It’s not that I’m against parenting advice. It’s just that our family of six has been stricken with much more than a case of quarantine boredom in recent weeks. For the past month, we’ve been battling covid-19, the illness caused by the novel coronavirus.
When doctors told me I had the virus — after I’d spent time with others who’d tested positive, and shortly after a fever set in — I wasn’t worried about me. I was worried about my husband and kids.
“What can I do so that my family’s not exposed?” I asked the doctor.
“You’ve got four kids? That you’ve been quarantining with in a New York City apartment?” the doctor said, laughing in exasperation. “Doesn’t matter if they stay six feet or many rooms away from you. They’ve already been exposed.”
“So what do I do?” I asked, crying.
“You do what you can,” he said. “You make the best of it.”
It was the best advice I’ve gotten since my journey with covid-19 began. And some of the best parenting advice I’ve ever received.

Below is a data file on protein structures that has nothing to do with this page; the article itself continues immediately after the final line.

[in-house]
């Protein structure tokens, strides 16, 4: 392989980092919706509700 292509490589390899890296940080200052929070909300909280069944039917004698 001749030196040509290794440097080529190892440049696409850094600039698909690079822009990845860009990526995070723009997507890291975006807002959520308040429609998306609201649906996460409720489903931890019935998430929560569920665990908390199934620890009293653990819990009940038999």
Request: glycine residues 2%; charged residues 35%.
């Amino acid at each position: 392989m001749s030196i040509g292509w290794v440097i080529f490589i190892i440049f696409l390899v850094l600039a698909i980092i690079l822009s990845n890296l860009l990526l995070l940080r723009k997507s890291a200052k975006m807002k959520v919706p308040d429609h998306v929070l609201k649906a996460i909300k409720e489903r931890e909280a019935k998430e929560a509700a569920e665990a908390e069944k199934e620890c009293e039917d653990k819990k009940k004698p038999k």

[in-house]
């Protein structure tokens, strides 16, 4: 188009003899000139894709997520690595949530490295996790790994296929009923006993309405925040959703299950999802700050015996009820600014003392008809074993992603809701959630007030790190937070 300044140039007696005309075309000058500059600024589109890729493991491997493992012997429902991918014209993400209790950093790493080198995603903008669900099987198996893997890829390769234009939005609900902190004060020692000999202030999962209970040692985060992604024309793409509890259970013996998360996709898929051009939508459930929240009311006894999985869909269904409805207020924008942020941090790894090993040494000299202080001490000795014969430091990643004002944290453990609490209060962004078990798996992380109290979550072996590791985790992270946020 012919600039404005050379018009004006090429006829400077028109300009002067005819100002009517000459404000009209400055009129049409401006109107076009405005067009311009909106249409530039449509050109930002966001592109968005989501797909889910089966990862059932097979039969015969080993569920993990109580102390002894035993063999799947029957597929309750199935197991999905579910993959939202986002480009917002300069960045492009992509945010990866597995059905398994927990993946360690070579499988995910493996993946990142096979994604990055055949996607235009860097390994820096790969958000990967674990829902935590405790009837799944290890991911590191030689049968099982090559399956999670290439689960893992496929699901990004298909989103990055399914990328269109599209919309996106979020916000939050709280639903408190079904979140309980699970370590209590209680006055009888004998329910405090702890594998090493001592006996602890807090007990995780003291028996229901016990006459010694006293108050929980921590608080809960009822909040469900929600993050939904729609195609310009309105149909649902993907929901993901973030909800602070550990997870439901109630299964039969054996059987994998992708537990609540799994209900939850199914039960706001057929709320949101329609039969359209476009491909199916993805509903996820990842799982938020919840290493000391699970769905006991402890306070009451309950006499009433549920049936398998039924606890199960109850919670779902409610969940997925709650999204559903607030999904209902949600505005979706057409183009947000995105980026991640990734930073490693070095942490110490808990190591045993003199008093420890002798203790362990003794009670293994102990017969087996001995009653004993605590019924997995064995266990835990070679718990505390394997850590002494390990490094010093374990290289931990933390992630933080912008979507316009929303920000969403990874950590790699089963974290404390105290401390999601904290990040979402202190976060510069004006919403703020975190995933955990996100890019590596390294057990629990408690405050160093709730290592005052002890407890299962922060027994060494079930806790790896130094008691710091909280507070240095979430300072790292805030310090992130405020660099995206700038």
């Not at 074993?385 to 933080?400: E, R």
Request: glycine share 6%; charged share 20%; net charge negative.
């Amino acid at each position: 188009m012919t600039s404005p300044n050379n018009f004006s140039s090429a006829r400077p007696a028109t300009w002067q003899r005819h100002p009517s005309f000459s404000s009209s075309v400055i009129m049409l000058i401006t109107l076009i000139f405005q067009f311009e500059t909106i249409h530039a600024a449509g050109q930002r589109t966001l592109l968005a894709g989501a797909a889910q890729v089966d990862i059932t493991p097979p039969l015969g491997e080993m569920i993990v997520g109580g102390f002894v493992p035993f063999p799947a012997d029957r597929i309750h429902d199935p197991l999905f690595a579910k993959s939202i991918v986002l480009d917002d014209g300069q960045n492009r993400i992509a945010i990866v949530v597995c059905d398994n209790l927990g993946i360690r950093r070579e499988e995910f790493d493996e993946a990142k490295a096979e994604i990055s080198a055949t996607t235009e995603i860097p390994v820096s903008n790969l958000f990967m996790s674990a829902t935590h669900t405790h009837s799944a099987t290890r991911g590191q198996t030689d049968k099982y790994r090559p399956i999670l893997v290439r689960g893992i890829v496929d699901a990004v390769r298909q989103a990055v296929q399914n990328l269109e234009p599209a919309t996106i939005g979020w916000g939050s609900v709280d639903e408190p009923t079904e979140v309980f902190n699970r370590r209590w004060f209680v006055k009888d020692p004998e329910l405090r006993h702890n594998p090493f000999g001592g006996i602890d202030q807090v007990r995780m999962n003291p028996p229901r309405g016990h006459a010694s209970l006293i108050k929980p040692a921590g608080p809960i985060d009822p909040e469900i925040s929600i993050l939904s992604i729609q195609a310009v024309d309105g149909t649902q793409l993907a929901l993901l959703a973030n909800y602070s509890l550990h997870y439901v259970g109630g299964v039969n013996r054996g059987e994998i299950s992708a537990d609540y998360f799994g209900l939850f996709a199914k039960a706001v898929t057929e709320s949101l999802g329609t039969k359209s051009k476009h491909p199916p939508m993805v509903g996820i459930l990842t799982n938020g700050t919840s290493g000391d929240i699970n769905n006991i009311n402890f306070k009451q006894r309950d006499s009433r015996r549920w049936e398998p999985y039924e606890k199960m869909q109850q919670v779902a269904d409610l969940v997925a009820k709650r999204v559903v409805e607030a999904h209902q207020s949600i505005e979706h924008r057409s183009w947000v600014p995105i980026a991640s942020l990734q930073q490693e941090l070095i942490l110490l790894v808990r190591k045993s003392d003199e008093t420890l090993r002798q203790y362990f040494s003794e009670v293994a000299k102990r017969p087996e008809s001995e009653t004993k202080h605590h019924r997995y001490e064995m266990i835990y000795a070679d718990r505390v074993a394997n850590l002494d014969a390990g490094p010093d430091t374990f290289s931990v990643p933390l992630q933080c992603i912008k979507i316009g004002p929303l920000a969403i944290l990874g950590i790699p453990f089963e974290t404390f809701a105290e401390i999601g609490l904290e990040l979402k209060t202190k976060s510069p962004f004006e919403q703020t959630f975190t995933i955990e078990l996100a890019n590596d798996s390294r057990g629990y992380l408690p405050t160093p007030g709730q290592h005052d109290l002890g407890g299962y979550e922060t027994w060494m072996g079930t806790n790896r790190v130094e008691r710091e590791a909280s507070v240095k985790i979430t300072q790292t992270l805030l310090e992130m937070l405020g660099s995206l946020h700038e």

In a perfect world, we would have stayed in separate residences. But as most of us know by now, nothing about this pandemic is conducive to “perfect world” scenarios.
We didn’t have a country house for me to escape to. We have no family in the city, so there was no one we could send the kids to. And even if we did have family nearby, doctors said there wasn’t much point, since the kids had already been exposed to me for large amounts of time before I got my diagnosis, and they would pose a health risk for anyone willing to take them in.
So we did what the doctor advised: I cordoned myself off in one bedroom and bathroom in one corner of our home. They remained away from me, in the rest of the space. And then, as a family, we made the best of it.